Beneficial bacteria prevent the build up of highly toxic ammonia which comes from the waste excreted by fish by furthering decomposition of the waste. Seeding a new fish tank with beneficial bacteria is therefore necessary to keep your pet fish healthy. Aquatic plants are instrumental in this process as they also consume or derive nutrition from fish waste and provide more surface area for the beneficial bacteria to grow on.
1. Ready the new fish tank for growing aquatic plants.
Aquatic plants need proper substrate and lighting. A substrate is the 'soil' on which the aquatic plants will take root and obtain nutrients. These can be pea gravel, aquarium gravel or sand. Prepared nutrient-rich substrates are also commercially available and are useful to jumpstart the cultivation of aquatic plants. Just like regular plants, aquatic plants need light for photosynthesis. Since most aquariums are situated indoors proper artificial lighting must be set up. This is usually just fluorescent bulbs installed on the top of the aquarium.
2. Put in the aquatic plants.
Fast growing aquatic plants would do well to hasten the over-all process of seeding your new fish tank. Examples of such types of aquatic plants are Java moss and Wisteria. They are easily obtainable from most pet fish stores. Because these plants grew in a tank that already has a well-established colony of beneficial bacteria, you already have a good starting population of the bacteria in your new tank.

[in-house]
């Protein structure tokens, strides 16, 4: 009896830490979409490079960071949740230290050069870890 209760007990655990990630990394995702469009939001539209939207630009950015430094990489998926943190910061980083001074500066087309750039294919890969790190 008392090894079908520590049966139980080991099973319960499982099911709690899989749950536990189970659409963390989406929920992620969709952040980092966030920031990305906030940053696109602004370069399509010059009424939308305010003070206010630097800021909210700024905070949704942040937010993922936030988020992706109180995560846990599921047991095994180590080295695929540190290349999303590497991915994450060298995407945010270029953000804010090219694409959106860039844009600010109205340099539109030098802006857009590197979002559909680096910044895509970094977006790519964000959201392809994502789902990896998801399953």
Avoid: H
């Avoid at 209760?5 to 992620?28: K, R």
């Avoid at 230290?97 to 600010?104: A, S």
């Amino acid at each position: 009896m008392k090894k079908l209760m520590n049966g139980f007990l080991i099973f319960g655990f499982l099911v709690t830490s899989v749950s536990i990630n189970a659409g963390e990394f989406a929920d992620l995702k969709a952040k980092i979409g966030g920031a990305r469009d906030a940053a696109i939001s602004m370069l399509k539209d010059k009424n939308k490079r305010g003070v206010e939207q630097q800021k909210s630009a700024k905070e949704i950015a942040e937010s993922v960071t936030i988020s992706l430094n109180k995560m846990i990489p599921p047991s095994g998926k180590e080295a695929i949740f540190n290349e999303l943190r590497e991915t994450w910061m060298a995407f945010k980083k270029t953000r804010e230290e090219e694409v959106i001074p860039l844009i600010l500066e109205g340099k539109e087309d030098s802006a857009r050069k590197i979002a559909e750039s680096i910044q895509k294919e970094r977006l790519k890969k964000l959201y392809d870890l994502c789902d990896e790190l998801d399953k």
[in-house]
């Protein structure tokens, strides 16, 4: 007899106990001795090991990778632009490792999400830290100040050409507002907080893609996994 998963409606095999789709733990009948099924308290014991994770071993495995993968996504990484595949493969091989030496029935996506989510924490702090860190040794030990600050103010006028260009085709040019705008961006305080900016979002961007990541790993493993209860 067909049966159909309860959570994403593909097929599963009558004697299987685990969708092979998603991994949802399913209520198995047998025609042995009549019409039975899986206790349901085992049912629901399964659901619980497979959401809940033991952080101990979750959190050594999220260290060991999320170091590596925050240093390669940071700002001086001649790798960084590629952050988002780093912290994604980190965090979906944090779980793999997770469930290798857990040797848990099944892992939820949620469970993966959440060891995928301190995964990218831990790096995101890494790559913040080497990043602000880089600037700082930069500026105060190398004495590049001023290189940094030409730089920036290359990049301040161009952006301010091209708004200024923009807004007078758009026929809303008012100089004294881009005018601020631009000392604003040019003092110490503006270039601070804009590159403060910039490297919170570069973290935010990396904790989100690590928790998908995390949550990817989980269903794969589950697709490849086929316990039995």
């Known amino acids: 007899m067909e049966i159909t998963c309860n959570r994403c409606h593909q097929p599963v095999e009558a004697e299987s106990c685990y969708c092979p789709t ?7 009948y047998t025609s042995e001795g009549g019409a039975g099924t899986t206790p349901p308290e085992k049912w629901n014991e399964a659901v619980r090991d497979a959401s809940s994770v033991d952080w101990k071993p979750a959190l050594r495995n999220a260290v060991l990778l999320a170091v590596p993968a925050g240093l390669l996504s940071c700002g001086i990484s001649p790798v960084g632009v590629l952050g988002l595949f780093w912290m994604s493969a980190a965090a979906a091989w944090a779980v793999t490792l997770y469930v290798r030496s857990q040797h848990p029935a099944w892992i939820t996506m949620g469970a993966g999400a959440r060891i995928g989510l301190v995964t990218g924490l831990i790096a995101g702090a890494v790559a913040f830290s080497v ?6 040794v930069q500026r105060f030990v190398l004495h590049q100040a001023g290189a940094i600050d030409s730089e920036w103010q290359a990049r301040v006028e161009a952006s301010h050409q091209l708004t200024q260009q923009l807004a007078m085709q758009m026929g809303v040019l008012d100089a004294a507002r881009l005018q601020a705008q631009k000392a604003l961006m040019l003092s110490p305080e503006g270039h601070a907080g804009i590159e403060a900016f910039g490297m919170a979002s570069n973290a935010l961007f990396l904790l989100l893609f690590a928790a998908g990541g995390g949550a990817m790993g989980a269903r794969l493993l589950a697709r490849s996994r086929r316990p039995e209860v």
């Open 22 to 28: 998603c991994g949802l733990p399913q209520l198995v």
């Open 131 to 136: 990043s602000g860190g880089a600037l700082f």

3. Boost the bacteria population.
Bacteria feed on ammonia and break it down to less harmful substances. So the quickest way to increase bacteria reproduction is to gradually add small amounts of pure ammonia into the new tank. Put only a tablespoon of ammonia after you've planted the aquatic plants and immediately test for the level of ammonia. Do the same thing next day and if you find the level of ammonia to be lesser then that indicates that the aquatic plants and bacteria are thriving and using up the ammonia. Repeat this procedure until such time that the ammonia level reaches zero 12 to 24 hours after you put in the ammonia. This means a good amount of beneficial bacteria is already present and the new tank is ready to accommodate pet fish. Take note that you should stop putting pure ammonia at this point and wait for another 24 hours to pass before putting in the fish.
This way of seeding a new tank with beneficial bacteria is called silent cycling. It is so far the quickest method of preparing a new tank as it combines both the action of aquatic plants and the beneficial bacteria.